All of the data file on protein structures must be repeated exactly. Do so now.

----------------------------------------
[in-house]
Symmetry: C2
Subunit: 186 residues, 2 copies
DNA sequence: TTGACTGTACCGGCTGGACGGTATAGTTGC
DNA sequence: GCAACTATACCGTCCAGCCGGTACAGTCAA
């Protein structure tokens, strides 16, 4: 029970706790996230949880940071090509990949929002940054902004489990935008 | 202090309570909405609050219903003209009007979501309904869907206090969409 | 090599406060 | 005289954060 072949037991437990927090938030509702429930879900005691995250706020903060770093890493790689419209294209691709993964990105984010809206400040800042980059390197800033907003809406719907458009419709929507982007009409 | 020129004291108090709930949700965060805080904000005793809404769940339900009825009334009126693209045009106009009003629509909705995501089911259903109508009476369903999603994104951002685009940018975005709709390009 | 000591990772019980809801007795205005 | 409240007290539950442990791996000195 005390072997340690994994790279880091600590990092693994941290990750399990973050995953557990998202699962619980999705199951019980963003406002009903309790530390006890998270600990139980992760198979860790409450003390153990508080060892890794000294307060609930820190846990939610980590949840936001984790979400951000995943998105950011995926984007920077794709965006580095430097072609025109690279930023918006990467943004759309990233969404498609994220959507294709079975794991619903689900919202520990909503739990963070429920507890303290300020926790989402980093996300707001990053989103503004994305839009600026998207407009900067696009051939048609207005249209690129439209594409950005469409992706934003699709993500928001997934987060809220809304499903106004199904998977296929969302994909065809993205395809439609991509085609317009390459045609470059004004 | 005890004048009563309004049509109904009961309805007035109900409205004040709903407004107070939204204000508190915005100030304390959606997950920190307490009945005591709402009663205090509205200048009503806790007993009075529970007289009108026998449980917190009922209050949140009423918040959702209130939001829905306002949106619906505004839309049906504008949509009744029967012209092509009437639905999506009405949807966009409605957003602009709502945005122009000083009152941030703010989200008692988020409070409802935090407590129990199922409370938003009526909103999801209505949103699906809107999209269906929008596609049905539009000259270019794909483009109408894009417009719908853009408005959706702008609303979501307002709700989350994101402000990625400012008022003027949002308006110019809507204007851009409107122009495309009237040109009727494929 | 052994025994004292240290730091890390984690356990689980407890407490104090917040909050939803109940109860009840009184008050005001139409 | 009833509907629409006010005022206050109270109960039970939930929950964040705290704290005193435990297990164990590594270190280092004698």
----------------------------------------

[in-house]
Symmetry: C2
Subunit: 186 residues, 2 copies
DNA sequence: TTGACTGTACCGGCTGGACGGTATAGTTGC
DNA sequence: GCAACTATACCGTCCAGCCGGTACAGTCAA
């Protein structure tokens, strides 16, 4: 029970706790996230949880940071090509990949929002940054902004489990935008 | 202090309570909405609050219903003209009007979501309904869907206090969409 | 090599406060 | 005289954060 072949037991437990927090938030509702429930879900005691995250706020903060770093890493790689419209294209691709993964990105984010809206400040800042980059390197800033907003809406719907458009419709929507982007009409 | 020129004291108090709930949700965060805080904000005793809404769940339900009825009334009126693209045009106009009003629509909705995501089911259903109508009476369903999603994104951002685009940018975005709709390009 | 000591990772019980809801007795205005 | 409240007290539950442990791996000195 005390072997340690994994790279880091600590990092693994941290990750399990973050995953557990998202699962619980999705199951019980963003406002009903309790530390006890998270600990139980992760198979860790409450003390153990508080060892890794000294307060609930820190846990939610980590949840936001984790979400951000995943998105950011995926984007920077794709965006580095430097072609025109690279930023918006990467943004759309990233969404498609994220959507294709079975794991619903689900919202520990909503739990963070429920507890303290300020926790989402980093996300707001990053989103503004994305839009600026998207407009900067696009051939048609207005249209690129439209594409950005469409992706934003699709993500928001997934987060809220809304499903106004199904998977296929969302994909065809993205395809439609991509085609317009390459045609470059004004 | 005890004048009563309004049509109904009961309805007035109900409205004040709903407004107070939204204000508190915005100030304390959606997950920190307490009945005591709402009663205090509205200048009503806790007993009075529970007289009108026998449980917190009922209050949140009423918040959702209130939001829905306002949106619906505004839309049906504008949509009744029967012209092509009437639905999506009405949807966009409605957003602009709502945005122009000083009152941030703010989200008692988020409070409802935090407590129990199922409370938003009526909103999801209505949103699906809107999209269906929008596609049905539009000259270019794909483009109408894009417009719908853009408005959706702008609303979501307002709700989350994101402000990625400012008022003027949002308006110019809507204007851009409107122009495309009237040109009727494929 | 052994025994004292240290730091890390984690356990689980407890407490104090917040909050939803109940109860009840009184008050005001139409 | 009833509907629409006010005022206050109270109960039970939930929950964040705290704290005193435990297990164990590594270190280092004698």